Things I Wish I Knew Before I Started With Machine Learning

Looking back at my journey so far, here are few things that would have made my life easier.

It is not easy
You’re gonna spend a lot of time searching through resources. Just running an algorithm from caret library isn’t enough. You have to understand the maths behind it and it takes a lot of careful reading and mental efforts. Any resource that tells you “you don’t need to learn maths” is probably not worth the efforts.

Machine learning is just one part of data science
Data science as a whole is much bigger game. Machine learning is just one bit of it. Even though not officially defined, it involves data pre-processing/cleansing, feature engineering, modeling, model training, model validation, presentation of results as building blocks. It is critical to move beyond pre defined techniques and develope an intuition for all factos in data science.

Mostly, you will be occupied with preparing data sets
When you’re doing machine learning, majority of time will be spend in preparing data: extracting data from multiple sources, cleaning datasets, aligning different datasets, mapping attributes to different dimensions etc.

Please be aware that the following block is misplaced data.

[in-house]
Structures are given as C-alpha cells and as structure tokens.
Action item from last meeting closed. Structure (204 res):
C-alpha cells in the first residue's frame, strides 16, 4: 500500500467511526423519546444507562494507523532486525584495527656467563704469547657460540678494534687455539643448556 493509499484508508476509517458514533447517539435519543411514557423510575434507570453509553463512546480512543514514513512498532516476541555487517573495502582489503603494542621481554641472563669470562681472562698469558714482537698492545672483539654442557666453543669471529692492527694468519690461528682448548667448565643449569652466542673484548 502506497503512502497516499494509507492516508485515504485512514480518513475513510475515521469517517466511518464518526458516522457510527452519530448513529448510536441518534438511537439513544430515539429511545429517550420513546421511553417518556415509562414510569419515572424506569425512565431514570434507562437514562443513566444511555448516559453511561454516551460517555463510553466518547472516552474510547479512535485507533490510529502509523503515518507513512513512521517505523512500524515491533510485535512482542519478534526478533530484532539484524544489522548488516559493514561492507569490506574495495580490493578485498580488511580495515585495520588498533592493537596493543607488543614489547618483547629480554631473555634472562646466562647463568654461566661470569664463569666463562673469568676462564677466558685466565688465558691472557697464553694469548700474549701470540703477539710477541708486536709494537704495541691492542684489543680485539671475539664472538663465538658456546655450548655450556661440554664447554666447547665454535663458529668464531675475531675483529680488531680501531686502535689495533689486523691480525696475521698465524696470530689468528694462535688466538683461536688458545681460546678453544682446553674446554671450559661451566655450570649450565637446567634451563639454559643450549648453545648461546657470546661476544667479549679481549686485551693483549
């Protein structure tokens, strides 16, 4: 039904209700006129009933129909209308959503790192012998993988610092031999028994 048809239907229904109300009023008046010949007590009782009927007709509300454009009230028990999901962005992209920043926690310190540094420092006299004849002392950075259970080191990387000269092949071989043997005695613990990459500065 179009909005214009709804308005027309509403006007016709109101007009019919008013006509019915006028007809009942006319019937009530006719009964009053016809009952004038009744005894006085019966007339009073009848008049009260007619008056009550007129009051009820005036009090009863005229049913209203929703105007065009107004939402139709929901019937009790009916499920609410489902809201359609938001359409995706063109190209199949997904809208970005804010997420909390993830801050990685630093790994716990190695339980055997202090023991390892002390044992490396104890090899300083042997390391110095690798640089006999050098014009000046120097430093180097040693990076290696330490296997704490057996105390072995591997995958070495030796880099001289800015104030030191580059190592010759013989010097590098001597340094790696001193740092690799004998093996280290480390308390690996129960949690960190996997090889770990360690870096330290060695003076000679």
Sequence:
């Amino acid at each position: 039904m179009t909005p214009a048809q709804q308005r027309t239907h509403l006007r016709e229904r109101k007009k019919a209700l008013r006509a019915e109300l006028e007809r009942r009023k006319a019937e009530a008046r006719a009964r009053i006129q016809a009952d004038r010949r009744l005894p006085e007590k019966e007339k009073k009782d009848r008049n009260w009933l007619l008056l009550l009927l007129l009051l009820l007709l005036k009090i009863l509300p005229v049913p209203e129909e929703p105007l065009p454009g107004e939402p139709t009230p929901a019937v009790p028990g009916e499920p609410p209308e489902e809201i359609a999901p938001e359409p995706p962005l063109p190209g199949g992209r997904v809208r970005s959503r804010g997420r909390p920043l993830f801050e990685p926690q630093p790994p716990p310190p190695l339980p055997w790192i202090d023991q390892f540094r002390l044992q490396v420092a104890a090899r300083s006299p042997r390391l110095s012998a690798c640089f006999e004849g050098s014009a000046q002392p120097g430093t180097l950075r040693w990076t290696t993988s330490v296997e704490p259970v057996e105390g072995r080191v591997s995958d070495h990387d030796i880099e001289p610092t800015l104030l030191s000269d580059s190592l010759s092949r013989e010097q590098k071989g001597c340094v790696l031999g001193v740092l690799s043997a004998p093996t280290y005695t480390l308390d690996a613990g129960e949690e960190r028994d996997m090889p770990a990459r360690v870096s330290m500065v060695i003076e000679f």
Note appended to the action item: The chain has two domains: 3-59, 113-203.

Visualizations are important
Running all the algorithms is cool. But it is not of much use if it cannot be presented effectively to people who are not from machine learning background, executives and product managers are probably not gonna spend time looking how your R console looks. Creating visualizations considering both technical and non technical audience is crucial in machine learning.

There are libraries for EVERYTHING, you just need to find them
Most of the popular algorithms are already implemented in R and python. This serves great as a point of reference for performance. Also, it helps a lot understanding configuration options of each algorithm and see how it affects your model. Sure, you can code up an algorithm. But do it from learning’s perspective or only if required.

Most of the valuable material is in books and papers
Most of the online resources (including this post) will never give you the “whole deal”. They usually work only if you follow exactly what they say. But they don’t give much intuition on how to extend it beyond the example presented in the article. Eventually you will start reading books to get a better understanding.

Following the path of machine learning is a big commitment in terms of time and efforts. Be prepared for it.

Chinmay Kulkarni

Full stack polyglot developer and amature guitarist. I like to code in python, golang and JavaScript. Currently, I am pursuing MS from Carnegie Mellon University. I am a machine learning enthusiast and an avid open source contributor. You can reach me here -

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